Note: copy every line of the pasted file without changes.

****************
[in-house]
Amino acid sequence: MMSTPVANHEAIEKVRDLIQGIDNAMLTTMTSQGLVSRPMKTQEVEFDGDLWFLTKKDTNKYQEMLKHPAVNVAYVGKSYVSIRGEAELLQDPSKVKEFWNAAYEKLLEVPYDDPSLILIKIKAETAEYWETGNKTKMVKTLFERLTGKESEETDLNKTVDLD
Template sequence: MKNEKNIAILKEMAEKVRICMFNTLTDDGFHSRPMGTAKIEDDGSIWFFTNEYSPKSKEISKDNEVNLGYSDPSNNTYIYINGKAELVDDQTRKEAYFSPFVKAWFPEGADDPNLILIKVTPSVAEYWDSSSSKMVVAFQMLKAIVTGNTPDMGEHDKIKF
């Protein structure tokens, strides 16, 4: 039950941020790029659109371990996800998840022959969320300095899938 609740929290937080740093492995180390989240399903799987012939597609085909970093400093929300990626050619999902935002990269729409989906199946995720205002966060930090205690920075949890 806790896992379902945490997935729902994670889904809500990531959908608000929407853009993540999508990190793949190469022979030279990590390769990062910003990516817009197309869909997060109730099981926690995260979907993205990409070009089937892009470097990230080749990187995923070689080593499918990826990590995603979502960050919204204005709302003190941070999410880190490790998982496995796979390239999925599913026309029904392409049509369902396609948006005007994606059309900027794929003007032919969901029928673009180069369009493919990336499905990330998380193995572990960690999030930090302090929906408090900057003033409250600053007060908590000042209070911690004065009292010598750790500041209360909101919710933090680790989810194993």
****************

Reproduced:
[in-house]
Amino acid sequence: MMSTPVANHEAIEKVRDLIQGIDNAMLTTMTSQGLVSRPMKTQEVEFDGDLWFLTKKDTNKYQEMLKHPAVNVAYVGKSYVSIRGEAELLQDPSKVKEFWNAAYEKLLEVPYDDPSLILIKIKAETAEYWETGNKTKMVKTLFERLTGKESEETDLNKTVDLD
Template sequence: MKNEKNIAILKEMAEKVRICMFNTLTDDGFHSRPMGTAKIEDDGSIWFFTNEYSPKSKEISKDNEVNLGYSDPSNNTYIYINGKAELVDDQTRKEAYFSPFVKAWFPEGADDPNLILIKVTPSVAEYWDSSSSKMVVAFQMLKAIVTGNTPDMGEHDKIKF
């Protein structure tokens, strides 16, 4: 039950941020790029659109371990996800998840022959969320300095899938 609740929290937080740093492995180390989240399903799987012939597609085909970093400093929300990626050619999902935002990269729409989906199946995720205002966060930090205690920075949890 806790896992379902945490997935729902994670889904809500990531959908608000929407853009993540999508990190793949190469022979030279990590390769990062910003990516817009197309869909997060109730099981926690995260979907993205990409070009089937892009470097990230080749990187995923070689080593499918990826990590995603979502960050919204204005709302003190941070999410880190490790998982496995796979390239999925599913026309029904392409049509369902396609948006005007994606059309900027794929003007032919969901029928673009180069369009493919990336499905990330998380193995572990960690999030930090302090929906408090900057003033409250600053007060908590000042209070911690004065009292010598750790500041209360909101919710933090680790989810194993």